Tickled pink

Two brooches I’ve made that seem suited to the warm weather!

The garden is bursting with pinks and reds at the moment, as well as fabulous shapes, so I’ve had plenty of inspiration.


The Garden House

Alex and I made the most of the sunny weather by visiting The Garden House, a ten acre garden near Yelverton, in Devon.

The original house was built for the vicars of the parish, including the former Abbot of Buckland Abbey, who became vicar after the dissolution of the monasteries in the 1500s. A modern vicarage was built in the 1920s and The Garden House was sold as a private dwelling.

When the house and gardens came on to the market again in the 1940s, they were purchased by Lionel and Katharine Fortescue, who created the gardens whilst running a thriving market garden business. After their deaths, the Garden House was bequeathed to a charity to maintain their legacy.

The Garden House features both naturalistic planting and more traditional arrangements, making it a beautifully varied place to visit.

Here’s a sample of what was on offer (click to enlarge):

Back after a break!

Hello everyone, it’s been quite a while since I’ve posted but I’m looking forward to blogging more frequently from now on.

Since I last posted, I’ve been enjoying retirement – lots more time for creativity, gardening, friends and family!

My daughter, Isla, has been dealing with a difficult health condition and has started her own blog where she talks about her experiences and posts her own artwork, you can find her at Medically Unexplained.

I spent a week staying with my son a few weeks back, and visited Hillier Gardens in Hampshire. The seasonal planting displays are stunning and I’m feeling very inspired by all the colours and patterns.

An Ocean of Foxgloves

I went for a walk in the local forest a few weeks ago and came across this glorious patch of purple. This area had been cleared last year, and the foxgloves seem to have wasted no time in colonising!

Foxglove 5Unfortunately, there was no way to get a better view (though I did consider sending Alex up a tree), but hopefully these photos will convey some of the drama.

Foxglove 6

Solitary Pale Bloom

A lone spire of white amongst the purple. 

Foxglove 3

Digitalis purpurea (Common Foxglove)

Foxglove 4

Wilsey Down Forest

Foxglove 2

Clearing in the conifers

Chelsea Physic Garden

I recently paid a delightful visit to Chelsea Physic Garden, the first time I had been there in many years. For those who love plants, this is one of London’s great hidden treasures. Being someone who is inspired by natural forms, I found many unusual shapes and textures that can serve as inspiration for my work but the garden is a great place for anyone to visit.Physic_garden_3Chelsea Physic Garden is one of the oldest horticultural establishments in the world. It was founded in 1673 by the Society of Apothecaries as a place to train apprentices in growing and using medicinal plants.Physic_garden_8Physic_garden_9Physic_garden_10 Physic_garden_5Physic_garden_1 Physic_garden_6 Physic_garden_4 Physic_garden_2 Physic_garden_7Despite its long history, the garden only opened to the general public in 1983. Prior to that time it was almost exclusively a place for scientists and students to study and today the garden remains a centre for education and scientific research.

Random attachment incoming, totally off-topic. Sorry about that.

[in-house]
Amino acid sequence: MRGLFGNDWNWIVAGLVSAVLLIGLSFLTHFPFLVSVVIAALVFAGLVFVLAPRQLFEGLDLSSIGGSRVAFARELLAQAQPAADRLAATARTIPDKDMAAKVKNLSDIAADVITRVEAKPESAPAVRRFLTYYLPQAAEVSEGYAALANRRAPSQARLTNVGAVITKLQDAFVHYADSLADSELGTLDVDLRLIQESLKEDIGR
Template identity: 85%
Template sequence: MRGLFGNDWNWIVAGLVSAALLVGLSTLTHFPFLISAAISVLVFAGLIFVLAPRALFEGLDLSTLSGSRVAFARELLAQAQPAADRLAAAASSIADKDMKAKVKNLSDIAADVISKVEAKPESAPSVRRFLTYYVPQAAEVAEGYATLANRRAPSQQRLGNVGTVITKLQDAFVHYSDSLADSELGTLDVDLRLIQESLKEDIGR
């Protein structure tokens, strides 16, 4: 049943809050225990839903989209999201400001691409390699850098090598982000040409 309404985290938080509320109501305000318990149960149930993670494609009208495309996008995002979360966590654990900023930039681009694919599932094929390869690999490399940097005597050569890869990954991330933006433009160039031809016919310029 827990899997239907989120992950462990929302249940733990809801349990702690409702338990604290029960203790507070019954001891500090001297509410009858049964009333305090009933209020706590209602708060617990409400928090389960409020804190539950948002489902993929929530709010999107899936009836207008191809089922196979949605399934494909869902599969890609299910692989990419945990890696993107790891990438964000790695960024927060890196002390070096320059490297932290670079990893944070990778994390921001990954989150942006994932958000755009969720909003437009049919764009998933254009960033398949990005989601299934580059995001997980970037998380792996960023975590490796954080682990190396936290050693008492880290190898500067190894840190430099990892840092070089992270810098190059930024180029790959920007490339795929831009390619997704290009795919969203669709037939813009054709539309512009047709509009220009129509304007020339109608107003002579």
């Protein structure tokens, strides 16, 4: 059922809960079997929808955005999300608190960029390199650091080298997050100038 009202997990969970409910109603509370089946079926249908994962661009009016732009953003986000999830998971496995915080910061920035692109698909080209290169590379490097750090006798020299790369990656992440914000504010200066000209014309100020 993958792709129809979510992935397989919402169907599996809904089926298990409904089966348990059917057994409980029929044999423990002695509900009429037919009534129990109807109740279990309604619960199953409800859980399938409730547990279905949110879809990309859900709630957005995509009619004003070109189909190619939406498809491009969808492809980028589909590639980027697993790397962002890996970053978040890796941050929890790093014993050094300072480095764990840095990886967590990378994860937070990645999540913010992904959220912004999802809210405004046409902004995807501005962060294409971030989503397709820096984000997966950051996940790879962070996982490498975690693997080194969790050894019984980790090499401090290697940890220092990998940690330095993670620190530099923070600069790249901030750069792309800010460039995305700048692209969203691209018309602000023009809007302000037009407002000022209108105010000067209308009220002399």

Back to Eden

Thanks to the beautiful weather we’ve been enjoying, we’ve taken full advantage of our Eden Project Local Passes. I always spot something new and unexpected, which makes the visits fantastic for firing up my imagination and creativity.
I thought I’d share some of my photos for those of you who are a bit further afield – I hope you enjoy!

Eden Project PlantEden Project Plant Eden Project Plant Eden Project Plant Eden Project Plant Eden Project Plant Eden Project Plant Eden Project Plant Eden Project Plant Eden Project Plant Eden Project PlantEden Project PlantFor more Eden photos, have a look at these posts (back when the weather wasn’t quite so good!):
Gardens of Eden
More Eden

Fantastic Fungi

As a child I was always fascinated by mysterious old Chinese medicine shops with all their weird and wonderful bits of dried and shrivelled Nature. Most interesting of all were the different dried mushrooms that, depending on type, could be used for correcting health problems, or added to an unusual and healthy-giving dish in the kitchen. I still love the look of fungi today in both their living and dried forms. (Or more accurately, as my husband tells me, the fruiting bodies of fungi.)

Lingzhi - The mushroom of immortality!

Lingzhi – The mushroom of immortality!

The last time I visited Hong Kong I photographed some fungi in a health shop which stirred up even more childhood associations. These were the mushroom known as “Lingzhi” which featured in many of the books I read in my youth. This rare fungus (Ganoderma lucidum) has been used in Chinese medicine for 2,000 years and many accounts attributed it with life extending powers. In more recent times it has found a regular place in literature as a fabled elixir of life, and featured in many of the Martial Arts novels I read in my teens. Seeing them lying in a shop, piled in an old cardboard box, rather spoiled the myth!

Lingzhi (Ganoderma lucidum)

Lingzhi (Ganoderma lucidum)

Lingzhi (Ganoderma lucidum) Legend of my youth

Lingzhi (Ganoderma lucidum) Legend of my youth

Another type of dried fungus

Another type of dried fungus

I also love fungi growing in nature, where they can suddenly appear like exotic aliens overnight. I have now tried to start photographing any new types I see, though our voracious Cornish slugs seem to attack and disfigure many before I get there.